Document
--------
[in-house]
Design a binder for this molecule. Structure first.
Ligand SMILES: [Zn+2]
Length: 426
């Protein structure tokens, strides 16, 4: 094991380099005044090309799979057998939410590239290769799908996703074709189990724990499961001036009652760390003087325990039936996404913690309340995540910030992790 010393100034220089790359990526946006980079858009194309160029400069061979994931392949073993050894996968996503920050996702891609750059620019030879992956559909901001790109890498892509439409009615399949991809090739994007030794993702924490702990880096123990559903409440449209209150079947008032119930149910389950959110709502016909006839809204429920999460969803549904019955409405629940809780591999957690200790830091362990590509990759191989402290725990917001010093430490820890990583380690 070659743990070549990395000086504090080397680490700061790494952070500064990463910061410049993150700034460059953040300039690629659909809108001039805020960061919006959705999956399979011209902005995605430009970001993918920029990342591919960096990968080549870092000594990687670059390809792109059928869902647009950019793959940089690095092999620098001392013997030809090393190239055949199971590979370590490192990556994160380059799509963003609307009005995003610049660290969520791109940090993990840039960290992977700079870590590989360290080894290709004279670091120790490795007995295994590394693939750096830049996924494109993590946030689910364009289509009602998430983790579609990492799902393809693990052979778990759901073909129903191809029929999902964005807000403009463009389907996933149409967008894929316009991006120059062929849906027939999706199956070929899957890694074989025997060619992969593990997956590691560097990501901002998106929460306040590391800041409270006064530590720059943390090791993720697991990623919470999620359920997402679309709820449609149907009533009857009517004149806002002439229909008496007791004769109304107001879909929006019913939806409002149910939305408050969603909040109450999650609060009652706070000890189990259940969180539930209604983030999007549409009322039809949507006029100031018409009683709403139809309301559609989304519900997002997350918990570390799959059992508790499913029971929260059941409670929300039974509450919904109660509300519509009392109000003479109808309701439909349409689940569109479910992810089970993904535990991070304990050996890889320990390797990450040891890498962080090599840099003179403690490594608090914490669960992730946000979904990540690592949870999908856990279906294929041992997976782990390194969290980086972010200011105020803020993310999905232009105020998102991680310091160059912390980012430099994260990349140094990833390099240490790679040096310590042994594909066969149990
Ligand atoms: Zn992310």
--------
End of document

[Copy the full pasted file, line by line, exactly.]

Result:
[in-house]
Design a binder for this molecule. Structure first.
Ligand SMILES: [Zn+2]
Length: 426
């Protein structure tokens, strides 16, 4: 094991380099005044090309799979057998939410590239290769799908996703074709189990724990499961001036009652760390003087325990039936996404913690309340995540910030992790 010393100034220089790359990526946006980079858009194309160029400069061979994931392949073993050894996968996503920050996702891609750059620019030879992956559909901001790109890498892509439409009615399949991809090739994007030794993702924490702990880096123990559903409440449209209150079947008032119930149910389950959110709502016909006839809204429920999460969803549904019955409405629940809780591999957690200790830091362990590509990759191989402290725990917001010093430490820890990583380690 070659743990070549990395000086504090080397680490700061790494952070500064990463910061410049993150700034460059953040300039690629659909809108001039805020960061919006959705999956399979011209902005995605430009970001993918920029990342591919960096990968080549870092000594990687670059390809792109059928869902647009950019793959940089690095092999620098001392013997030809090393190239055949199971590979370590490192990556994160380059799509963003609307009005995003610049660290969520791109940090993990840039960290992977700079870590590989360290080894290709004279670091120790490795007995295994590394693939750096830049996924494109993590946030689910364009289509009602998430983790579609990492799902393809693990052979778990759901073909129903191809029929999902964005807000403009463009389907996933149409967008894929316009991006120059062929849906027939999706199956070929899957890694074989025997060619992969593990997956590691560097990501901002998106929460306040590391800041409270006064530590720059943390090791993720697991990623919470999620359920997402679309709820449609149907009533009857009517004149806002002439229909008496007791004769109304107001879909929006019913939806409002149910939305408050969603909040109450999650609060009652706070000890189990259940969180539930209604983030999007549409009322039809949507006029100031018409009683709403139809309301559609989304519900997002997350918990570390799959059992508790499913029971929260059941409670929300039974509450919904109660509300519509009392109000003479109808309701439909349409689940569109479910992810089970993904535990991070304990050996890889320990390797990450040891890498962080090599840099003179403690490594608090914490669960992730946000979904990540690592949870999908856990279906294929041992997976782990390194969290980086972010200011105020803020993310999905232009105020998102991680310091160059912390980012430099994260990349140094990833390099240490790679040096310590042994594909066969149990
Ligand atoms: Zn992310």